Two different aspects of immunity to human plasmodium vivax malaria will be explored. (1) Anti-disease immunity and (2) Transmission blocking immunity.
1) In residents of malaria endemic regions, repeated infections lead to a decrease in the severity of disease. This clinical immunity is distinct from, and appears before immunity directed against the parasite itself. The proposers have demonstrated that clinical paroxysms in P.vivax malaria i.e., periodic episodes of fever with chills and rigors, are accompanied by a transient but massive rise in serum TNF levels. Further, during paroxysms, TNF acting in conjunction with other as yet unidentified complementary serum factor(s) mediate killing of intraerythrocytic malaria parasites. Both serum TNF levels and other parasite killing factor(s) are significantly reduced in clinically immune subjects, suggesting that they are associated with clinical disease. There is evidence that clinical immunity is achieved by maintaining these cytokines at a low level; this is by the acquisition of antibodies which neutralize parasite antigens that induce the production of these cytokines. It is the purpose of this proposal to study disease and clinical immunity to P.vivax in humans With the objectives of identifying parasite antigens that induce cytokines associated with disease. This could form the basis of an "anti-disease" vaccine against malaria.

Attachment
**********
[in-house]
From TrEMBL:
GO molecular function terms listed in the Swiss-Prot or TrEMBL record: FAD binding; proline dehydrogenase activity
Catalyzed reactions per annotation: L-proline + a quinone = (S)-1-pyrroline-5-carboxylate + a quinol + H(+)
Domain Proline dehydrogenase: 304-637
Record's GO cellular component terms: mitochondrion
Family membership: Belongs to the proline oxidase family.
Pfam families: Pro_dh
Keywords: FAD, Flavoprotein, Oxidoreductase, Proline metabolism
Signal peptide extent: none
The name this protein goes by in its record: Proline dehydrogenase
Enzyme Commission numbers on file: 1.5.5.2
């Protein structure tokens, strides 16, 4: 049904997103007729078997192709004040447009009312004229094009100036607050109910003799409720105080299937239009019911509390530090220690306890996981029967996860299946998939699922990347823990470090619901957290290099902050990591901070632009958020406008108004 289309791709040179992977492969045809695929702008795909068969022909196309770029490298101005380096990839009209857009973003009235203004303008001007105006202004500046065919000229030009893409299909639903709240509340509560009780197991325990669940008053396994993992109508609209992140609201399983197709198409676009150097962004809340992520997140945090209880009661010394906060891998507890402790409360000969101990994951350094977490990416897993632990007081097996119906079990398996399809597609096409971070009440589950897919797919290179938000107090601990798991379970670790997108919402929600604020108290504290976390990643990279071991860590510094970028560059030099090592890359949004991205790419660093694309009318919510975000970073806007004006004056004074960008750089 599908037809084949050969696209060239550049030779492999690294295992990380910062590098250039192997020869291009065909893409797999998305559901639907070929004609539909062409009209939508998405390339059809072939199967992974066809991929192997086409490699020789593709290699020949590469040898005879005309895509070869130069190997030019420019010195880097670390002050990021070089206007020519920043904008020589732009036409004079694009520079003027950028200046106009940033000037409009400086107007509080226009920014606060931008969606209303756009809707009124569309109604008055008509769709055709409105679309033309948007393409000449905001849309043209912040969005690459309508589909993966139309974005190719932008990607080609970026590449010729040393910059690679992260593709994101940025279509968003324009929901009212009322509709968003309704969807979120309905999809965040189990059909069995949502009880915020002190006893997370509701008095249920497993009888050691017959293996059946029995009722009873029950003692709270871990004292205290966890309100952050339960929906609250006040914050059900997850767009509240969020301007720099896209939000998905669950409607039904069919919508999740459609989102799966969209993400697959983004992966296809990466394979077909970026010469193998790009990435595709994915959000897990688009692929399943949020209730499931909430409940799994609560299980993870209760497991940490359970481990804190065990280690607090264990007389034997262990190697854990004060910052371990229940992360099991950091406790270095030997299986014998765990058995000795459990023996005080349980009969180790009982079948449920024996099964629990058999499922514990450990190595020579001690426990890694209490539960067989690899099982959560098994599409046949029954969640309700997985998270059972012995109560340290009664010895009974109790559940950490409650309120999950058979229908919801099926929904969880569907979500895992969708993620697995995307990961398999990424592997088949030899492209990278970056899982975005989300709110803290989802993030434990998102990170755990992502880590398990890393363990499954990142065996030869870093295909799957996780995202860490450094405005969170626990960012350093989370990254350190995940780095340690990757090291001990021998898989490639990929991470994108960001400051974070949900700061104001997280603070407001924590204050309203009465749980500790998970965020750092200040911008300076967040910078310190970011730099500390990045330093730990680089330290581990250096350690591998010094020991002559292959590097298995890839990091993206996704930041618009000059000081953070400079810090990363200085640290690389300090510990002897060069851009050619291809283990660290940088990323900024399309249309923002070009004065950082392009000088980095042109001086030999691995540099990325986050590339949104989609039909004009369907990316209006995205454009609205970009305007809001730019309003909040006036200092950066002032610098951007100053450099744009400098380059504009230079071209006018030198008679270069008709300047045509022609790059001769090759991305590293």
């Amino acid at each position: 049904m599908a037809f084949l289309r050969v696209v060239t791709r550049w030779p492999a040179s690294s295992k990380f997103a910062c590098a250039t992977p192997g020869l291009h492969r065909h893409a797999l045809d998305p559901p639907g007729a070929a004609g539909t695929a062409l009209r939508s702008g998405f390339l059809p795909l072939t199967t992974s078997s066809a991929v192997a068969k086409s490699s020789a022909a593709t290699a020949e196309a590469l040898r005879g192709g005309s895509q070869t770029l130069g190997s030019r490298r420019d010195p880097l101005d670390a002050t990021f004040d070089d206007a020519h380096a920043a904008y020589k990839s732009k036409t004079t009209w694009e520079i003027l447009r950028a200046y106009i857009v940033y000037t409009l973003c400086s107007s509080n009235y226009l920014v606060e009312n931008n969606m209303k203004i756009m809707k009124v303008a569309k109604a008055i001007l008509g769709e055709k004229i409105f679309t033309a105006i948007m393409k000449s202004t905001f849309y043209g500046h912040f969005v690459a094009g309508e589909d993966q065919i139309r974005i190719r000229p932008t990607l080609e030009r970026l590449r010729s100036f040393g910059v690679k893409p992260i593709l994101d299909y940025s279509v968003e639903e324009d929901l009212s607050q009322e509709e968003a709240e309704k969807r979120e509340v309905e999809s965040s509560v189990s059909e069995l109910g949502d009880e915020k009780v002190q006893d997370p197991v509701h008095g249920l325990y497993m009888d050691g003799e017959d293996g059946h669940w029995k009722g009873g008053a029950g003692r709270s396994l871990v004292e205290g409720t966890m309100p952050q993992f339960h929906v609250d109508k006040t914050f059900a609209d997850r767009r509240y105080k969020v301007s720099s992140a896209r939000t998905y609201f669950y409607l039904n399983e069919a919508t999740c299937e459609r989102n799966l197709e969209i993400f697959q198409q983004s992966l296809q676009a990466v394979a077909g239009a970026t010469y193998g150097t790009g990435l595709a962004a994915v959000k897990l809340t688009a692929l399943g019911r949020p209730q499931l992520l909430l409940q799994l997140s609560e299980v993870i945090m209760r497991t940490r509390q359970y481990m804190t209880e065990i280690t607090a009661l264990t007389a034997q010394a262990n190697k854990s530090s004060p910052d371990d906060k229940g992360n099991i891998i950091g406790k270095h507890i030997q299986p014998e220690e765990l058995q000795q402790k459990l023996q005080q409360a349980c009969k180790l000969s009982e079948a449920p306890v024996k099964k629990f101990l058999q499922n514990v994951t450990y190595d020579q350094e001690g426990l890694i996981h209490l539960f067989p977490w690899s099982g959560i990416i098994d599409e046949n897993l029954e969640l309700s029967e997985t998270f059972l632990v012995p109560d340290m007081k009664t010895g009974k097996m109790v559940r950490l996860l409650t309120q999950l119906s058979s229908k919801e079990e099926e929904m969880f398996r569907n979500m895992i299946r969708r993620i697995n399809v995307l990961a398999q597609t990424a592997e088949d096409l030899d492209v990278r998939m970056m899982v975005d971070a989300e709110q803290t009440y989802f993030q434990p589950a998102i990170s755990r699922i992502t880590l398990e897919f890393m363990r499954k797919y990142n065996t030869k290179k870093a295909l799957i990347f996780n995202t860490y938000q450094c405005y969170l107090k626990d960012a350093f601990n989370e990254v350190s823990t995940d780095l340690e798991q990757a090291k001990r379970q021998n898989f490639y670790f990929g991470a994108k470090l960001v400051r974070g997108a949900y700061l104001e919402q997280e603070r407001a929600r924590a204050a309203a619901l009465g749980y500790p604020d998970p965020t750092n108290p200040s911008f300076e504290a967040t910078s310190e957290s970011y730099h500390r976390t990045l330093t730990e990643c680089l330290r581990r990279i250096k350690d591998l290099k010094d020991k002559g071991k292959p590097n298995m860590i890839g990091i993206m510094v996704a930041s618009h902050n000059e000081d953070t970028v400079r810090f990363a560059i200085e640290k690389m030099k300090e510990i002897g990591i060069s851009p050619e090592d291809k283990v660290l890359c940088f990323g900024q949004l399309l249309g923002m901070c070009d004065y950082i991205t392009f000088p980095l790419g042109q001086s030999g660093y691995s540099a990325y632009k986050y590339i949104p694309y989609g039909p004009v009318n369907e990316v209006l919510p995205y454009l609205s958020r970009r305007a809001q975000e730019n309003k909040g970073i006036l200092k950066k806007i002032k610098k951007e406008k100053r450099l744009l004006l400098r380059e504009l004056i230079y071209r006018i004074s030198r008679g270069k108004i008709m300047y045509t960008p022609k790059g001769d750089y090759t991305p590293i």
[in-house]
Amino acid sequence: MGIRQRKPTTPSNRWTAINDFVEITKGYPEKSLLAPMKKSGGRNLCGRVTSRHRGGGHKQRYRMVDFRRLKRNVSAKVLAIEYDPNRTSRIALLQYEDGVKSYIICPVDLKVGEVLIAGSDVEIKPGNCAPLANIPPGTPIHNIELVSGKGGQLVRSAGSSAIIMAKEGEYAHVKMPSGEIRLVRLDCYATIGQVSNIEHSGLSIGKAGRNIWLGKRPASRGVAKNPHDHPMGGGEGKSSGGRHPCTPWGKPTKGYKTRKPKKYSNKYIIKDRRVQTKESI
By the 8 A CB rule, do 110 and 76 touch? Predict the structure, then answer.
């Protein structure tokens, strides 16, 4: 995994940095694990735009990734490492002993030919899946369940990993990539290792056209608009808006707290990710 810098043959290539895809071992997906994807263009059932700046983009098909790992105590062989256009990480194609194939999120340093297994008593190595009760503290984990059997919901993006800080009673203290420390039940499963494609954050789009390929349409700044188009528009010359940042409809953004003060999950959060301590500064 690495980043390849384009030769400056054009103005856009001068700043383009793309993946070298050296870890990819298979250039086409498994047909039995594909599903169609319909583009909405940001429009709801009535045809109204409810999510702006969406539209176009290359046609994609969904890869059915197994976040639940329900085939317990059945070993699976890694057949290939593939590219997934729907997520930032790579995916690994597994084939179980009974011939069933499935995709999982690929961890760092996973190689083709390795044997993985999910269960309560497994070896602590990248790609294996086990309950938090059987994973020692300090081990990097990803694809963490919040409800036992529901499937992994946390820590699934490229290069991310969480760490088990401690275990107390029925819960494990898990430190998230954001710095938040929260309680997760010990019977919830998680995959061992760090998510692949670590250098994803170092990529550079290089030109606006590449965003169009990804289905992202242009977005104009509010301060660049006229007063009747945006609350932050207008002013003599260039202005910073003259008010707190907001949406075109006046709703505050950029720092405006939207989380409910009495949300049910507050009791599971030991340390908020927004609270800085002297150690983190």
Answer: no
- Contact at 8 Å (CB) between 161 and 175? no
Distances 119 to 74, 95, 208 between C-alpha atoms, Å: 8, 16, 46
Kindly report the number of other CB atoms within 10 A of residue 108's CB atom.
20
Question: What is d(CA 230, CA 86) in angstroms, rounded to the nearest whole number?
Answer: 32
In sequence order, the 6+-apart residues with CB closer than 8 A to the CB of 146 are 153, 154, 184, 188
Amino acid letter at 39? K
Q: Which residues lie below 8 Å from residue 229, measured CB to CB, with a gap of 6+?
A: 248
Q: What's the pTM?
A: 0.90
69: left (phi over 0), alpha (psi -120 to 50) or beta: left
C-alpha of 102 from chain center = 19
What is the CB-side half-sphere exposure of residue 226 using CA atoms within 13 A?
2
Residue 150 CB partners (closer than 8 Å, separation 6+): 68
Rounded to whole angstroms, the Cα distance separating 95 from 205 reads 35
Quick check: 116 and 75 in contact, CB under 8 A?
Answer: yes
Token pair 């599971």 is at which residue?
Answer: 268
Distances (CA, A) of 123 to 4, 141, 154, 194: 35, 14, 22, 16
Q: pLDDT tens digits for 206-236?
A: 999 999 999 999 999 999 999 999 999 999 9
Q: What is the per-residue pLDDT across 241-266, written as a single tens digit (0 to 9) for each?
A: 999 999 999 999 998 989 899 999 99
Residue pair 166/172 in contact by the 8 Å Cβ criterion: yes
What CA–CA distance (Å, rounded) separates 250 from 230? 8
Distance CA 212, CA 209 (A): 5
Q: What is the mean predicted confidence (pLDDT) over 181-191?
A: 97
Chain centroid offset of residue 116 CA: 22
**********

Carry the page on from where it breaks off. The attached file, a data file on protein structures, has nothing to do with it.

2) Another approach to vaccination against malaria is to immunize against the sexual stages which mediate transmission of the parasite from man to mosquito. Using monoclonal antibodies, we have identified several targets of such "transmission blocking immunity" in P.vivax. Epitopes involved in this immunity are dependent on tertiary conformational structure which cannot be reproduced in recombinant polypeptides expressed in bacteria. This hinders the cloning of the corresponding genes. Here we propose to use a eukaryotic expression system, COS cells, to overcome this problem and screen for cells expressing transmission blocking vaccine candidates by "panning" with our transmission blocking immune reagents.
Funding SchemeCSC - Cost-sharing contracts